- Special Projects
At the University of Hawaii William S. Richardson School of Law, students are known to arrive on campus as early as 6 a.m. and not leave until late at night to take advantage of the quiet time for studying or research.
The small school, whose 2019 entering class is comprised of 83 full-time students and 20 part-timers, is in a two-story building framing an open-air courtyard where students can socialize and feel the warmth of the sun. It’s a place that will launch legal careers and potentially lucrative jobs.
It’s also an unlikely place for a food pantry to help those who might not have a steady supply of food.
But that’s what coming soon, thanks to an initiative led by three law students who were hearing stories about classmates unable to focus or concentrate on their studies because they were relying on chips or other empty calories to power them through the day.
“It is a lot of time to go to the grocery store, figure out what it is we’re going to get, how much we’re going to spend, (wonder) do we even have that much to spend?” said Kelly Kwan, 24.
The first-year law student, along with fellow first-year student MJ McDonald and third-year student Ian Tapu, are spearheading an effort to keep a constantly replenished food pantry in the student lounge. It will be known as “CJ’s Cubby,” after the namesake of the school, Chief Justice Richardson.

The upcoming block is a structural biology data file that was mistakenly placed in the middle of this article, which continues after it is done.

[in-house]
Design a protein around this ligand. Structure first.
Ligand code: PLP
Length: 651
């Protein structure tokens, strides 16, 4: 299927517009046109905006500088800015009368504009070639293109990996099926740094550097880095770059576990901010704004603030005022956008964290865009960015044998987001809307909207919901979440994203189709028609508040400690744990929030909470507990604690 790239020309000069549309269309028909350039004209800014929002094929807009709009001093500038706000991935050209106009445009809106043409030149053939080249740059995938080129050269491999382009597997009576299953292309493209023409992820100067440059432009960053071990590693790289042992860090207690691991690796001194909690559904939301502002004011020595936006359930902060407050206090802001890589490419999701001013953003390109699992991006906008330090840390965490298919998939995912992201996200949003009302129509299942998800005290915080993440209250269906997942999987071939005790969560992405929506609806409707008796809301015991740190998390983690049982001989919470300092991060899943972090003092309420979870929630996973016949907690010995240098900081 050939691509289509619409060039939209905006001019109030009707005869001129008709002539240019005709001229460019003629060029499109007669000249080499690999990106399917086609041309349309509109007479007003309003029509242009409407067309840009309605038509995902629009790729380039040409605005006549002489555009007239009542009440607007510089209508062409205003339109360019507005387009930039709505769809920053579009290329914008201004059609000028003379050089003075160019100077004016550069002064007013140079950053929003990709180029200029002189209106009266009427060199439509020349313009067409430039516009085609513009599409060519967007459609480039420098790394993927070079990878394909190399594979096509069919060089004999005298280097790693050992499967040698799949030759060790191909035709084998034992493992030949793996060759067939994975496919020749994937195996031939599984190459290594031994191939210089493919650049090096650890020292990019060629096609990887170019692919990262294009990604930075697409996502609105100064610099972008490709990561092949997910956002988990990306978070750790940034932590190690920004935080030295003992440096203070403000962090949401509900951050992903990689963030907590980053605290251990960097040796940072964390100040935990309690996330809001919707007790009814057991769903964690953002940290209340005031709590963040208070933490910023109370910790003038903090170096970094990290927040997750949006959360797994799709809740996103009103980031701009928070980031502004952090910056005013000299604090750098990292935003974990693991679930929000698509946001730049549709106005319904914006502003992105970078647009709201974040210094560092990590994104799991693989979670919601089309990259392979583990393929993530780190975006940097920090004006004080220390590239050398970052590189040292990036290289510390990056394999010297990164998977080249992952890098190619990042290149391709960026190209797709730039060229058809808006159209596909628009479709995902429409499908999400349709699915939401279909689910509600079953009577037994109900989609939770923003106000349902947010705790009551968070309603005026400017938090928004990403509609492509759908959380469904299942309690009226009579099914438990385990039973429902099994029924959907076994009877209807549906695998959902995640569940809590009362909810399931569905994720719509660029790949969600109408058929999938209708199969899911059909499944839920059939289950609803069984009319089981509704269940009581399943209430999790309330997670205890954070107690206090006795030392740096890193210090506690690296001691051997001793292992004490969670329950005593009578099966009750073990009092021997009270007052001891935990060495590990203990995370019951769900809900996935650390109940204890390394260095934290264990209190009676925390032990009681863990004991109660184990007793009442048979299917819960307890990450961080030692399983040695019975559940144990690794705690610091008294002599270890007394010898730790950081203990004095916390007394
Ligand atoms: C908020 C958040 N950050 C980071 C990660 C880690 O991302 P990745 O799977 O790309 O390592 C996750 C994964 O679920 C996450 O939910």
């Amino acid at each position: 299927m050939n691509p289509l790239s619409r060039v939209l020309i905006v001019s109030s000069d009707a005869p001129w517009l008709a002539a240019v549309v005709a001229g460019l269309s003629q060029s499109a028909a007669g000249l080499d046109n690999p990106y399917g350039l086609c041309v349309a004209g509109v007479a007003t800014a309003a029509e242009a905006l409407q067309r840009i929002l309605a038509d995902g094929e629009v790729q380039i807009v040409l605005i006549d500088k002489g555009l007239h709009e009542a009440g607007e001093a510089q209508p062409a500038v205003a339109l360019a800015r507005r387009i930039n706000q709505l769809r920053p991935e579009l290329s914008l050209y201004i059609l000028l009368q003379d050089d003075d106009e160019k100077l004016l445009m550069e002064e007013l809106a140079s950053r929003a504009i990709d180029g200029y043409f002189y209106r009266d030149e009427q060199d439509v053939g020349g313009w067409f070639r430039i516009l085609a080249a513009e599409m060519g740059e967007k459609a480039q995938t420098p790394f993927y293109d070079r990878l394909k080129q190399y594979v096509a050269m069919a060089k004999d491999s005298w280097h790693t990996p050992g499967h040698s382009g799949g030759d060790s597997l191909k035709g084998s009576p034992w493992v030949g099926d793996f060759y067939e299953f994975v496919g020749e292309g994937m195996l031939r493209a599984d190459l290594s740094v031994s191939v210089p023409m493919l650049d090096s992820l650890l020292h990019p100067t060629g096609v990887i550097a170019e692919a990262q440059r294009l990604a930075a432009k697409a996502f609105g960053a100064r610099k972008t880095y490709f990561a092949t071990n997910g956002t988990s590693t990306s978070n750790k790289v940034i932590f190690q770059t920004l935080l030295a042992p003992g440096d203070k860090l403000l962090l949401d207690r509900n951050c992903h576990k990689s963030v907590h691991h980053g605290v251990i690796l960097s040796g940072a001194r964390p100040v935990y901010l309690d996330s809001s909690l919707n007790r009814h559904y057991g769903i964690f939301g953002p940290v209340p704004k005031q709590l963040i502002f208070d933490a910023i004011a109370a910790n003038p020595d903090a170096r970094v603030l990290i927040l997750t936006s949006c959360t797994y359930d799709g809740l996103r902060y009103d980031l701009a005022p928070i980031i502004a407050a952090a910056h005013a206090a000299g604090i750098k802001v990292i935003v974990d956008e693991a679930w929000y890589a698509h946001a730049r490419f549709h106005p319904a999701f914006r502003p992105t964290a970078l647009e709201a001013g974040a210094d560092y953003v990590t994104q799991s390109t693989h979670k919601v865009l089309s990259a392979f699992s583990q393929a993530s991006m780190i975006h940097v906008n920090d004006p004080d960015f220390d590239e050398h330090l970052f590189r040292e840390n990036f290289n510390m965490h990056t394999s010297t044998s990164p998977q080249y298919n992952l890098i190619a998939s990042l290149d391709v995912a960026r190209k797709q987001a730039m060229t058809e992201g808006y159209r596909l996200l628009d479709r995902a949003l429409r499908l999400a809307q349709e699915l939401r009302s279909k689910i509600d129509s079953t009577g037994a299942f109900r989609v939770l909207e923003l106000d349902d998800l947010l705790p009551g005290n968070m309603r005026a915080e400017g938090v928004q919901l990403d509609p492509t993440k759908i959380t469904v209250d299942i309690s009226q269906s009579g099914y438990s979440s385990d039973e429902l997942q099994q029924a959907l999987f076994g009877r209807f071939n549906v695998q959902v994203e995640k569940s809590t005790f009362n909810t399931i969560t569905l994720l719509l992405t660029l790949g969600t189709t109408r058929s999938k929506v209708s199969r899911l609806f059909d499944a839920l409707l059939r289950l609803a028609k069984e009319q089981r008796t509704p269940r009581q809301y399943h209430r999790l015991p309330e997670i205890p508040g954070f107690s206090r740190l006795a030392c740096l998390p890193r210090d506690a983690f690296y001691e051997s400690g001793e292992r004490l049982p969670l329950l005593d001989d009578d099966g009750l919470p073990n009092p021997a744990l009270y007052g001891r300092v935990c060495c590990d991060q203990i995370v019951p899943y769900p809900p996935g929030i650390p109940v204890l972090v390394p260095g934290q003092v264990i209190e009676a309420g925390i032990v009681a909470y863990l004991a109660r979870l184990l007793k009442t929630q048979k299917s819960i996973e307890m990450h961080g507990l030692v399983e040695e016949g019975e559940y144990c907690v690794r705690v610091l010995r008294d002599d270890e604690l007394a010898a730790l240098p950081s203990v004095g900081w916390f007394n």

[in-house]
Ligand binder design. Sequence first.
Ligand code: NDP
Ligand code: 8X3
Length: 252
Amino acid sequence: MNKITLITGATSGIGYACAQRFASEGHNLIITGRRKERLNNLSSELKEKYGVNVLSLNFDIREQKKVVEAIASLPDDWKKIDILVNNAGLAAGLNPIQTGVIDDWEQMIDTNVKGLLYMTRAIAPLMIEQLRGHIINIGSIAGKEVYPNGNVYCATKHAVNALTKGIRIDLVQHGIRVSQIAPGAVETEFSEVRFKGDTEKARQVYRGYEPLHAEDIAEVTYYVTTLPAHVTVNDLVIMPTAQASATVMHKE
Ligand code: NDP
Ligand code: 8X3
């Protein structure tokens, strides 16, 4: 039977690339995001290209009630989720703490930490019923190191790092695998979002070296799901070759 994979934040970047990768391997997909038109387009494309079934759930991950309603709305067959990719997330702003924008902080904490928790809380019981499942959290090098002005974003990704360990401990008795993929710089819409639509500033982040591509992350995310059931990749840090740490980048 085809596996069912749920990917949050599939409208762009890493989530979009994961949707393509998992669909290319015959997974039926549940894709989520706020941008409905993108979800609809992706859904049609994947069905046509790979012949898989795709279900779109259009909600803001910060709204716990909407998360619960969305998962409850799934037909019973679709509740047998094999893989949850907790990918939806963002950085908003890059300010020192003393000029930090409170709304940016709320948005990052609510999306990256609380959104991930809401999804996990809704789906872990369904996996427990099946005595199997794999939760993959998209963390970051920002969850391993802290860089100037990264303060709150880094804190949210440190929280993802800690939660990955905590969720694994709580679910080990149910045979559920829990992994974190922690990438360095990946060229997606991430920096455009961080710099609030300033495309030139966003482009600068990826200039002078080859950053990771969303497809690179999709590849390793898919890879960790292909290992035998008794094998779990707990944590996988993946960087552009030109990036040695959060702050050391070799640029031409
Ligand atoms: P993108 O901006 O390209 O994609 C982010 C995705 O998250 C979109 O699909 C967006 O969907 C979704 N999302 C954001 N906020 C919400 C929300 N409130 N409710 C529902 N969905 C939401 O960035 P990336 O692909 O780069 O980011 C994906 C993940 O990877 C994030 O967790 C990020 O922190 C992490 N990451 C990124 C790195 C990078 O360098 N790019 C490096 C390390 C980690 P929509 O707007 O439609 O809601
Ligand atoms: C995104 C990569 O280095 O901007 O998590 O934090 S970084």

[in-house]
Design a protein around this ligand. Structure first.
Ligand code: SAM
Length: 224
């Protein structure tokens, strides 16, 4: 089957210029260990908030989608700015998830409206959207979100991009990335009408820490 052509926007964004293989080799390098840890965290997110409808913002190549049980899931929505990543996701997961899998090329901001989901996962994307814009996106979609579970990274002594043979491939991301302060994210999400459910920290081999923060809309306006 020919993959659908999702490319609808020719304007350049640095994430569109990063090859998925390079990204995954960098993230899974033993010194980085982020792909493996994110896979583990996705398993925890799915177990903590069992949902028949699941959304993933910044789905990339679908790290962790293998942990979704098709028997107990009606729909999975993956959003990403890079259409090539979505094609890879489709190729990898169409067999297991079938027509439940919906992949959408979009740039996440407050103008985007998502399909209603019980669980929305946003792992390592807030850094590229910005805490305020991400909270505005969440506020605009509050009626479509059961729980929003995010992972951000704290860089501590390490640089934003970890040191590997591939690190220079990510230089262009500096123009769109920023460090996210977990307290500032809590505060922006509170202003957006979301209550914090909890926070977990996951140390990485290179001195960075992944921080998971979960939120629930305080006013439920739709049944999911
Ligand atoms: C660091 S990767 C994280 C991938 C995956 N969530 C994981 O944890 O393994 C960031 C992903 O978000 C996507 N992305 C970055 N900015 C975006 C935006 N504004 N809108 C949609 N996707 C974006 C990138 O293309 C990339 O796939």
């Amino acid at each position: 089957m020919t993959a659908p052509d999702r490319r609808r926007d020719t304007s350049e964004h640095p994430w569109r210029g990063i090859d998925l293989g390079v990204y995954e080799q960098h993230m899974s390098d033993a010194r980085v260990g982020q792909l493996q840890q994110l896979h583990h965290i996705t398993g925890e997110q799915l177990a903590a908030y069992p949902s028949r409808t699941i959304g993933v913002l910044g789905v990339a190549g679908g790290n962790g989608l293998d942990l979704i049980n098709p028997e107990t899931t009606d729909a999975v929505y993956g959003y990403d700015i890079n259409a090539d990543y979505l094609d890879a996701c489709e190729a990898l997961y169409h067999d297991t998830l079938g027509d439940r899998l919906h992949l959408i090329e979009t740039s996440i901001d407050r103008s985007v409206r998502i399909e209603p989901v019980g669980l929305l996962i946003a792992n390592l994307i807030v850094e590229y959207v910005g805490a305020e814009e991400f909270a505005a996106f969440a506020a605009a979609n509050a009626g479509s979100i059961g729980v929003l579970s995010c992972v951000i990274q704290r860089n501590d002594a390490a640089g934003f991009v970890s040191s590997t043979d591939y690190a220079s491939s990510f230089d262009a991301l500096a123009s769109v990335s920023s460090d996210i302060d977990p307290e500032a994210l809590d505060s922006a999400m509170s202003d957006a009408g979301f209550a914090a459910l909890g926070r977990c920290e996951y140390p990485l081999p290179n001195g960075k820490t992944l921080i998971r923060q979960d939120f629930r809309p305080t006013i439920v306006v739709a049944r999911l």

The plan is to provide healthy snacks and breakfast foods with an emphasis on low sugar or low sodium, including fresh fruits and vegetables. They also want to stock a large cupboard with more substantive items like rice, beans or quinoa that students can take home.
While attending law school might connote privilege or financial security, the reality is far from it.
Most students at UH’s law school take on loans. The rigor of full-time coursework does not allow for an outside job. And while the $22,000 in-state tuition is among the lowest in the country, transportation and housing costs in Honolulu can force students to crimp on the most basic needs.
“It’s almost like a rude wake-up call,” said Tapu, 33, a Kahuku native who attended Dartmouth College. “I thought after I graduated from college, I would stop struggling, but when you go to law school, you’re (met with), ‘You still struggle?'”
The students’ effort to make the lounge a welcoming and inconspicuous place to grab food when the need arises is multi-faceted. It includes saving leftover food from school-organized lunch events and bringing it into the lounge and notifying students.
“It should feel like it’s your uncle and auntie’s home and you feel comfortable, so you open (the cupboard) and (not wait until) the middle of the night because you’re so shamed,” Tapu says.